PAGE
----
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Festival Essentials: Our picks of the best mobile festival kit

It’s festival season, and as we pack our bags ready for Glastonbury this weekend, we’ve brought together what we think are the essential mobile gadgets you need.

Phones keep developing at an amazing speed, and if you own a smartphone, you could find it replacing plenty of other gadgets in your bag – making more space for snacks, a change of clothes – and more paracetamol.

Festivals are the perfect place to make the most of your smartphone – it’s the Swiss Army Knife of gadgets, and apps are its pull-out blades.

First, check to see if the festival you’re headed to has its own app. Glastonbury and the Isle of Wight Festival both released apps in conjunction with phone networks.

The Glastonbury app has a great schedule feature that allows you to plan out your time in Somerset, and attempt to avoid missing your favourites. It’s also good at linking to social media services, so you can make friends and family jealous quickly and easily as you update your status or add photos.

Make sure to setup the alarm on your clock app too. We know it’s very easy to sleep-in after a big night, but an alarm should help gently nudge you out of your tent to make the most of the festival.

If you’ve packed headphones and have an Android phone, it may be worth putting your FM radio app at the front of your phone. You’ll then be able to keep up with which acts are where from the Beeb’s live coverage.

Spotify is our music app of choice, and we’ve already downloaded a playlist that features music from a load of artists set to play at Glastonbury this year to get into the mood. Spotify is also great for discovering new music – may of whom may be performing live at one of the festival’s smaller stages. Check out ShareMyPlaylist for plenty of festival-related Spotify playlists curated by other users.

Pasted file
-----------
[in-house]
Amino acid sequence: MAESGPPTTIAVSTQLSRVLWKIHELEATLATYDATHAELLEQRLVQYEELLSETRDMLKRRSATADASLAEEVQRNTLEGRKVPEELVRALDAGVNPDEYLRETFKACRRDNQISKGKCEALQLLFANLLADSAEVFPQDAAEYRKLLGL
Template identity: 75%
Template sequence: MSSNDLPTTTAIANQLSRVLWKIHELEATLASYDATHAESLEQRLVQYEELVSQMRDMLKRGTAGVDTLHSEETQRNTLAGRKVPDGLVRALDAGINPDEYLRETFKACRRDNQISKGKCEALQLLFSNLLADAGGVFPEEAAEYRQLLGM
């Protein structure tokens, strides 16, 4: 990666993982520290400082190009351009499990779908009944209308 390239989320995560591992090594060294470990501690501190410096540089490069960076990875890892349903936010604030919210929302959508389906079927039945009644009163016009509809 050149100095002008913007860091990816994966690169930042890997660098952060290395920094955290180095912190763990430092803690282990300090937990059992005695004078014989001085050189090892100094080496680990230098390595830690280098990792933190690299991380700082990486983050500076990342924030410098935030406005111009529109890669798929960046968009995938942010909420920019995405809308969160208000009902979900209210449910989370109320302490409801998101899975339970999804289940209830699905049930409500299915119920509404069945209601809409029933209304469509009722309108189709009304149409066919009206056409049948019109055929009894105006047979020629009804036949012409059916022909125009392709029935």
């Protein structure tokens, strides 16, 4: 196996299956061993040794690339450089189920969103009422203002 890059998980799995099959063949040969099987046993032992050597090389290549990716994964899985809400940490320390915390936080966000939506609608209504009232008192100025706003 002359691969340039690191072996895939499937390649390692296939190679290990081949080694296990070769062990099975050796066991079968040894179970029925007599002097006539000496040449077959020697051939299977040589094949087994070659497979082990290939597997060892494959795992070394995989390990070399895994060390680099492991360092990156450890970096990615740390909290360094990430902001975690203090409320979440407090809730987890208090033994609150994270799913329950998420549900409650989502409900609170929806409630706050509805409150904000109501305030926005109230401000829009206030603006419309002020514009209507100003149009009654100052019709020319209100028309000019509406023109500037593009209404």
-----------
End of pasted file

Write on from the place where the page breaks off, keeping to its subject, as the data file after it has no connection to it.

Download a photo app like Instagram or Hipstamatic to make the most of your summer snaps; with the high-resolution cameras found on phones, you may want to leave that compact camera at home.

Onavo for the iPhone could also help dodge a huge tax bill after a data-heavy festival. It uses compression algorithms to ensure data traffic is kept to a minimum, meaning more cash for falafel and noodles.

If you’re fearing for the safety of your brand-new Samsung Galaxy S2 or iPhone, and would prefer not to lose/break them, then buying a stop-gap feature phone could prove to be the ideal solution. (Especially if you’ve already sold your old phone on.)

We like the look of the Motorola Wilder. It won’t break the bank at under £50, but has impressive festival credentials for a feature phone.

It’s a touchscreen handheld that’s both splash-roof and dust-resistant, and whilst we didn’t expect to be wowed by the range of apps- there is no app store- there’s Soundhound to tell you what you’re listening to, as well as an FM radio, and a selection of games like Need For Speed and Tetris.

More importantly, feature phones like the Wilder are known for their rugged battery life, and it’ll keep you in contact with your mates at the festival. That what a phone’s for, right?